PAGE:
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International Animal Rescue Saving animals from suffering around the world

Slow Loris Release

The aim of reintroducing lorises is to release as many suitable individuals confiscated from the trade back into their natural habitat where the carrying capacity of the area is low in density of lorises, to reinforce dwindling wild populations and to avoid inbreeding.

All our releases are conducted in accordance with the IUCN Guidelines for Reintroductions and are released into suitable habitats that are protected, where lorises are potentially not at risk from external/anthropogenic threats.

Translocation

The reintroduction process differs depending on the nature of the rescue; if the loris is wild caught and surrendered by communities living around loris habitat areas, they are immediately translocated to the forests after a preliminary medical check by our field vets. These lorises are not monitored as they are still considerably wild.

Habituation

However, a loris previously owned as a pet or confiscated from the trade undergoes a soft release process. This process involves translocating lorises which are fitted with VHF radio collars and are deemed fit for release, from the centre to the release site, and housed in open-top habituation enclosures, where they are given the opportunity to forage and feed on wild food sources and adapt to weather conditions of the release location for a minimum period of two weeks. Routine behavioural observations are made and their health condition is checked on a daily basis by the field team called the Survey Release and Monitoring team (SRM).

Release

Lorises that show signs of good adaptation with respect to foraging and feeding on wild food sources, adequate grooming behaviour, not frequently seen on the ground, are released from the habituation and monitoring immediately commences. Lorises fitted with collars are monitored for a minimum period of three months. Behavioural data are collected through five-minute focal animal scans and GPS points are taken to record loris movements to ensure they are surviving in the wild conditions, adapting to and exhibiting close to wild behaviours, determine how and when they socialise with wild conspecifics. Data is also collected on the phenology of the vegetation in loris home-ranges to evaluate the effect of seasonality on the food sources of lorises.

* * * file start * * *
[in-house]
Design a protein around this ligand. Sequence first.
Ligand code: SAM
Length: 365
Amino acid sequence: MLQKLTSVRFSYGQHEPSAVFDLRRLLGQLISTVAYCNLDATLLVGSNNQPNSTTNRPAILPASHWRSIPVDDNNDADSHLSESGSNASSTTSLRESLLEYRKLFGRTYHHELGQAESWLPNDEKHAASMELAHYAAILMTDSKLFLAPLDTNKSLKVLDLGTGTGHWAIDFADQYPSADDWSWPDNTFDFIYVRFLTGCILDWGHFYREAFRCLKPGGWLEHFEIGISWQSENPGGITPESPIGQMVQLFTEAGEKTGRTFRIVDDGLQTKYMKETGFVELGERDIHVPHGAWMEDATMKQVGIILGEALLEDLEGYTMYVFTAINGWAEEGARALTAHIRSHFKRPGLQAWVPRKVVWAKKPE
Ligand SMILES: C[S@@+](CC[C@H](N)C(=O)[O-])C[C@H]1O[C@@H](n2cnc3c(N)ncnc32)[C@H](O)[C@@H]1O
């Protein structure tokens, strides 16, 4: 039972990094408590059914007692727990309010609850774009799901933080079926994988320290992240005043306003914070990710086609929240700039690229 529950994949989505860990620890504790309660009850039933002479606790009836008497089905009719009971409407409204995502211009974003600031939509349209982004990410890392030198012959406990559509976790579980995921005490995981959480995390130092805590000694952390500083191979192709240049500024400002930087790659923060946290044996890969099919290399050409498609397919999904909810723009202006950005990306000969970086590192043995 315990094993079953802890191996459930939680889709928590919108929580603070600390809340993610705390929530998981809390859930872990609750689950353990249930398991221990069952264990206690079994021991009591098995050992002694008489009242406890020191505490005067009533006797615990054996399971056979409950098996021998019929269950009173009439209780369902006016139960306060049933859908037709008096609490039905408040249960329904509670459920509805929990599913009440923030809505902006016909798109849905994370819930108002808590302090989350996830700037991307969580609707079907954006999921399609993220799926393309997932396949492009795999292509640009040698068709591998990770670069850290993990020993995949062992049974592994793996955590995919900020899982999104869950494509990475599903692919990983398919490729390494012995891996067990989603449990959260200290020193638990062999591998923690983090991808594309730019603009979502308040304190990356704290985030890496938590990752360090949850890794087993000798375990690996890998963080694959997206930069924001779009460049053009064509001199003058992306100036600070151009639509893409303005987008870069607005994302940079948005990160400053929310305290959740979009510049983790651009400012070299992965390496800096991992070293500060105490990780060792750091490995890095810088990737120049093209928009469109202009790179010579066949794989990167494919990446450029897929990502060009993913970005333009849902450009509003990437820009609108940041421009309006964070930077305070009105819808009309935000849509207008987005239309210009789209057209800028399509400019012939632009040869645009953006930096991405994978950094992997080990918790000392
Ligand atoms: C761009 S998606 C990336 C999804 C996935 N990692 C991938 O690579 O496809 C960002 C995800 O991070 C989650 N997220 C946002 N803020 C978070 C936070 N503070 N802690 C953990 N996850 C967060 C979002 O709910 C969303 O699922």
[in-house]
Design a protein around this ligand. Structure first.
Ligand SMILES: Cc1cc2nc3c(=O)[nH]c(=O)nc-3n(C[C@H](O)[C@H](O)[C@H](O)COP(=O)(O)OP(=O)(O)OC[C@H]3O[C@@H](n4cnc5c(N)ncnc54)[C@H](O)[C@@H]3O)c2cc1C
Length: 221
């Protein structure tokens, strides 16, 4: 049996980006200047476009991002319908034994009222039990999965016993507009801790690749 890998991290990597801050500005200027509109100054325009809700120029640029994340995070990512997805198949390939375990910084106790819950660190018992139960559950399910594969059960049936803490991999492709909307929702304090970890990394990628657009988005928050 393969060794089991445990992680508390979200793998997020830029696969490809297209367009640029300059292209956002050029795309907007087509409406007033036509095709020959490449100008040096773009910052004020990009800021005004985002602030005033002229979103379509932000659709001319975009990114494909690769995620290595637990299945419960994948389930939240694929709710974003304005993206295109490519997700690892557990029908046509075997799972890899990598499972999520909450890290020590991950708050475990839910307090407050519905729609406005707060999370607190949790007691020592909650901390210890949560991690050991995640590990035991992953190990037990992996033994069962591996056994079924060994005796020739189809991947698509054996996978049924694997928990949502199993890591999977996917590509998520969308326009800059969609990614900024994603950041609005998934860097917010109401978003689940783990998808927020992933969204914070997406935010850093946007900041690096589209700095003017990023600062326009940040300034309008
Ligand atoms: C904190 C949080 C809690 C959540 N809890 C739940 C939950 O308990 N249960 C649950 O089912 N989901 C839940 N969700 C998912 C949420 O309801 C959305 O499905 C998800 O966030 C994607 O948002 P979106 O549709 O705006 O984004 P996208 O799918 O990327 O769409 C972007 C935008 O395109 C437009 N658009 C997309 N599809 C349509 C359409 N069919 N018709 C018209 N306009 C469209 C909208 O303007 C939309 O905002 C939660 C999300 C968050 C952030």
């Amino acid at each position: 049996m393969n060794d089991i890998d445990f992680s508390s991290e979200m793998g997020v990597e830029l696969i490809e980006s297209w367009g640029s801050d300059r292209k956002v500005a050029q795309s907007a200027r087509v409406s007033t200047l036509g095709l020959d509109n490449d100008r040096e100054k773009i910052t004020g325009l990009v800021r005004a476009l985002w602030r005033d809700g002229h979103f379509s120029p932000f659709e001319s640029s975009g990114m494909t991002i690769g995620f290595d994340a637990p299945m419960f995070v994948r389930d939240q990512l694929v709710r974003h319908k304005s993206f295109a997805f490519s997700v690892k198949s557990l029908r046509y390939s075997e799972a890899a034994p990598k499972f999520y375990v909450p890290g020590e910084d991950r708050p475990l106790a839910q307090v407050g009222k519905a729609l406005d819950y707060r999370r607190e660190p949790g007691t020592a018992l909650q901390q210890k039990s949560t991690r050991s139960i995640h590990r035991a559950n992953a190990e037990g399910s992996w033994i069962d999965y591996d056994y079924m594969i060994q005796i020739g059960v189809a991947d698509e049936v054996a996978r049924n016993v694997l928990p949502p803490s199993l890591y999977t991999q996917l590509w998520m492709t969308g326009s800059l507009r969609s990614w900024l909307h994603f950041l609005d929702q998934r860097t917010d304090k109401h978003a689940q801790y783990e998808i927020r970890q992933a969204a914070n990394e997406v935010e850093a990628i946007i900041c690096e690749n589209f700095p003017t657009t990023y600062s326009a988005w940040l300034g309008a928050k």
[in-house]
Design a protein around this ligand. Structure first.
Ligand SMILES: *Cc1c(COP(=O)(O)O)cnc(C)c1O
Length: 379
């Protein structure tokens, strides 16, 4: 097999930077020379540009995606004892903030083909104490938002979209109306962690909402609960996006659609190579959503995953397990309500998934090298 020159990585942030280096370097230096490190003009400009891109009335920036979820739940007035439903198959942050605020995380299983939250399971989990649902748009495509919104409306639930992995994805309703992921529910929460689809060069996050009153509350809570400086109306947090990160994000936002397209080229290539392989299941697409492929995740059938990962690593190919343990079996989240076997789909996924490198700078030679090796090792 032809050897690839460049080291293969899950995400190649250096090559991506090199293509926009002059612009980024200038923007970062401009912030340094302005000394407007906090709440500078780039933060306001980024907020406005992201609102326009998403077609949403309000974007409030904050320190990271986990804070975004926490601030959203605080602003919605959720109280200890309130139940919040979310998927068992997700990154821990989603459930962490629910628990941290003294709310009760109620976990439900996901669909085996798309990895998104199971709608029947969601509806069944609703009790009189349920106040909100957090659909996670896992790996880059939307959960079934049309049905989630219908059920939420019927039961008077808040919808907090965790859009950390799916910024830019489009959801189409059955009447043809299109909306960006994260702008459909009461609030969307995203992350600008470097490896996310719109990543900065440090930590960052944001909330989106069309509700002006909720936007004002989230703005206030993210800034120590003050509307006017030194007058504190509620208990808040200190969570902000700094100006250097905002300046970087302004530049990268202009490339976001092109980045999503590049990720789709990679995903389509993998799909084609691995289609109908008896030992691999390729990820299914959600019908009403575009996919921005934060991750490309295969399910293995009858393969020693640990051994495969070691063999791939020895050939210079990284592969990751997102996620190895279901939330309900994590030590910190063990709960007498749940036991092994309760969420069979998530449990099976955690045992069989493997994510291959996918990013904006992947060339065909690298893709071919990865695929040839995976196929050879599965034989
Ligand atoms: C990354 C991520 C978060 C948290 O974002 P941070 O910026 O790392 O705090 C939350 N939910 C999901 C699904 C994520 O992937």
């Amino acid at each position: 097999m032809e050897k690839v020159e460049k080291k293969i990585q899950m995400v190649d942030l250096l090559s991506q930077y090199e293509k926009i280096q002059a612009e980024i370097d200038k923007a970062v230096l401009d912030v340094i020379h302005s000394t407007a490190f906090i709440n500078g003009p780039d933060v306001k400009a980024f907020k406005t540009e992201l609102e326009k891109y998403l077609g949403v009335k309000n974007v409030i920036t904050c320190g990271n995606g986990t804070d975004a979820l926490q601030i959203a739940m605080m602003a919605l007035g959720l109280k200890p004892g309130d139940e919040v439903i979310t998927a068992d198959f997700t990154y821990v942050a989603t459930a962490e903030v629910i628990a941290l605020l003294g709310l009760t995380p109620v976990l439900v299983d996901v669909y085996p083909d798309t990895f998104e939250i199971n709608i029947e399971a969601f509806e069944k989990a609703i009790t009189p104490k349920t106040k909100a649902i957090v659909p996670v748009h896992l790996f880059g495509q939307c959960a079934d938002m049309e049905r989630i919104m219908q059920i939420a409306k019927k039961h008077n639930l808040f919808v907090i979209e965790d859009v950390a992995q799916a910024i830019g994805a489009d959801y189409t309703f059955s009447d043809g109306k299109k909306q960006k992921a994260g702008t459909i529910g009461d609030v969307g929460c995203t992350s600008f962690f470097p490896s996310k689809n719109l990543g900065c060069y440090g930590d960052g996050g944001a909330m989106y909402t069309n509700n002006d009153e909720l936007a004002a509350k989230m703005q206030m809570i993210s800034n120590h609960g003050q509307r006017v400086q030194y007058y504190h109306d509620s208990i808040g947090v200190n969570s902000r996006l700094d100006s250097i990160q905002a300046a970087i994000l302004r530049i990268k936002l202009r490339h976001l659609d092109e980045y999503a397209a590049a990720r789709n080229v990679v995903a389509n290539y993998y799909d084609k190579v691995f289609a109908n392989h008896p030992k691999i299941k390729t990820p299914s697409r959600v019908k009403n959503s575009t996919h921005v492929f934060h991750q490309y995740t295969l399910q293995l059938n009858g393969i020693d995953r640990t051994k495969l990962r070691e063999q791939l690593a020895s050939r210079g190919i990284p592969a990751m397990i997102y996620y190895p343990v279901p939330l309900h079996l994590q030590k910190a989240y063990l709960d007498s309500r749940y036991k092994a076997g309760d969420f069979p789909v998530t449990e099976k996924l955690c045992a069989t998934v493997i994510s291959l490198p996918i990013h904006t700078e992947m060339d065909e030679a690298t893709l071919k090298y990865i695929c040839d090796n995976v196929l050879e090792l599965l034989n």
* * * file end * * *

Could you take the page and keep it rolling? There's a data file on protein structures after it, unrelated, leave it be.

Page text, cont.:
In both cases, it is important that habitat surveys are conducted to determine a suitable release site for lorises based on factors such as; an existing wild population of lorises that is still small enough to cope with additional individuals, adequate food sources and habitat connectivity. It is also crucial that the habitat is protected, free of any external threats and our programmes must have the support of the local people living around the release site. While the political and social context of Indonesia means there are always threats to natural forests, IAR has conducted extensive surveys in the last few years and now release and translocate lorises in protected forests on three islands – Java (west), Sumatra (south) and Kalimantan (west) pertaining to the species of lorises. Currently we have three locations for releases; Gunung Sawal Wildlife Reserve (West java), Batutegi Protected Forest (Lampung, Sumatra) and Gunung Tarak Nature Reserve (West Kalimantan).

When a monitored loris seems to have well adapted to its surroundings, seen socialising with wild conspecifics and has formed core areas in a definite home-range area, the collar is cut off and monitoring is terminated.

During the entire process of release, if a loris is seen to be suffering from an illness or is wounded, the SRM team staff assess the lorises conditions with inputs from the veterinarians, and depending on the severity, the lorises are medically treated in the field or brought back to the centre for special care.